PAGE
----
Assessing the likely trajectory of the recovery, therefore, is subject to an unusually high degree of uncertainty. Nonetheless, several broad characteristics are becoming apparent.
First, absent the discovery of a cure or vaccine that can be available quickly on a wide scale, the removal of restrictions on economic activity will be gradual. Travel restrictions may take a particularly long time to be removed. A breakthrough is unlikely, given the time usually needed to verify the safety of a new treatment.
Second, discretionary consumer spending cannot recover rapidly. This is in part because it will take time for the unemployed to return to the labour market, and consumers will want to replenish depleted savings. We also think it is likely that consumers will trickle back at a slow rate to crowded venues, such as shopping malls, food courts, concerts and cinemas.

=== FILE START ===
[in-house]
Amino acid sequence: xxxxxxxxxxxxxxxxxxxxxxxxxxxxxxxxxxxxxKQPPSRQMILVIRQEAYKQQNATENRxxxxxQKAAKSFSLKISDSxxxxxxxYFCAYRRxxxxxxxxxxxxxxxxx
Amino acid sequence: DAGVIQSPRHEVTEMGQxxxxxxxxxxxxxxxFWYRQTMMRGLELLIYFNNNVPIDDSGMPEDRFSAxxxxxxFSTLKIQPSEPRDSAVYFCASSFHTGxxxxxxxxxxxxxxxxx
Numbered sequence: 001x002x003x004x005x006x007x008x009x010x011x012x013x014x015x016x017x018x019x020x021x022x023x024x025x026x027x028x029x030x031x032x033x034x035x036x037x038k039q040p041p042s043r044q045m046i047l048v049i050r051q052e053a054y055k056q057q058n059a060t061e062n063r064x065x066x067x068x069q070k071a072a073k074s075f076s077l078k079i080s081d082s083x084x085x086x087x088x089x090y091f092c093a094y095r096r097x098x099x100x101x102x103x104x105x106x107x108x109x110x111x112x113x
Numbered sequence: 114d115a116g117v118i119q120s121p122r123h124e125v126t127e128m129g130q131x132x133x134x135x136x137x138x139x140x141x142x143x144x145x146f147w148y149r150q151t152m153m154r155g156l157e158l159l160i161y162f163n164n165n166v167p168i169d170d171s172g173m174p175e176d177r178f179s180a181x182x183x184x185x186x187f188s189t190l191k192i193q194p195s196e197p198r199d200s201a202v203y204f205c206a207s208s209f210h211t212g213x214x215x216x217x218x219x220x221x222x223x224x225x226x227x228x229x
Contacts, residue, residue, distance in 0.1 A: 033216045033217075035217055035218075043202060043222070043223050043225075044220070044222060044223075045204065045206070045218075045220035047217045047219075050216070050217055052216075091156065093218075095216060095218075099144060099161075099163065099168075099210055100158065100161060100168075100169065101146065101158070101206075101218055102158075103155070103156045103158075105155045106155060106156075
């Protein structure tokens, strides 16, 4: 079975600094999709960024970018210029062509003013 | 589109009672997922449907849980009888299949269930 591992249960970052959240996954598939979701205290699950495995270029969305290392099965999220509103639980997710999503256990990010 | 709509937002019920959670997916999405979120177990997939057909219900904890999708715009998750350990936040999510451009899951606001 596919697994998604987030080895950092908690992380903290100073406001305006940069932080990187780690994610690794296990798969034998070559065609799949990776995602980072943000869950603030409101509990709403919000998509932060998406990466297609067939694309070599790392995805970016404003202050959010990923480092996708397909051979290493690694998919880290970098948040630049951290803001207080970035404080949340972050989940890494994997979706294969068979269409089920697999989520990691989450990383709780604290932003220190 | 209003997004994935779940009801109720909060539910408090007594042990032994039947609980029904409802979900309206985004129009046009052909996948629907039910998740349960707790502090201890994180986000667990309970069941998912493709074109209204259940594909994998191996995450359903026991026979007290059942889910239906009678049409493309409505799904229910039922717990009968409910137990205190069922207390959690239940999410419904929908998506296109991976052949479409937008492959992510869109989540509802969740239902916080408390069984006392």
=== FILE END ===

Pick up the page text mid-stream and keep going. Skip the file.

Third, economic nationalism, which was on the rise before the crisis, is likely to increase as governments think about what disruptions imply for key sectors such as healthcare, food and energy.
The three elements above all suggest that hopes for a V shaped recovery are likely to be disappointed. Economic recovery will be gradual and uneven across sectors and countries, and will entail permanent shifts in the geographic distribution of some supply chains.
The economic support measures introduced also have important implications for the post-crisis landscape. The size and nature of the support measures vary by country, but two elements are in common: exceptional direct income support to a very broad segment of the population, and substantial central bank intervention.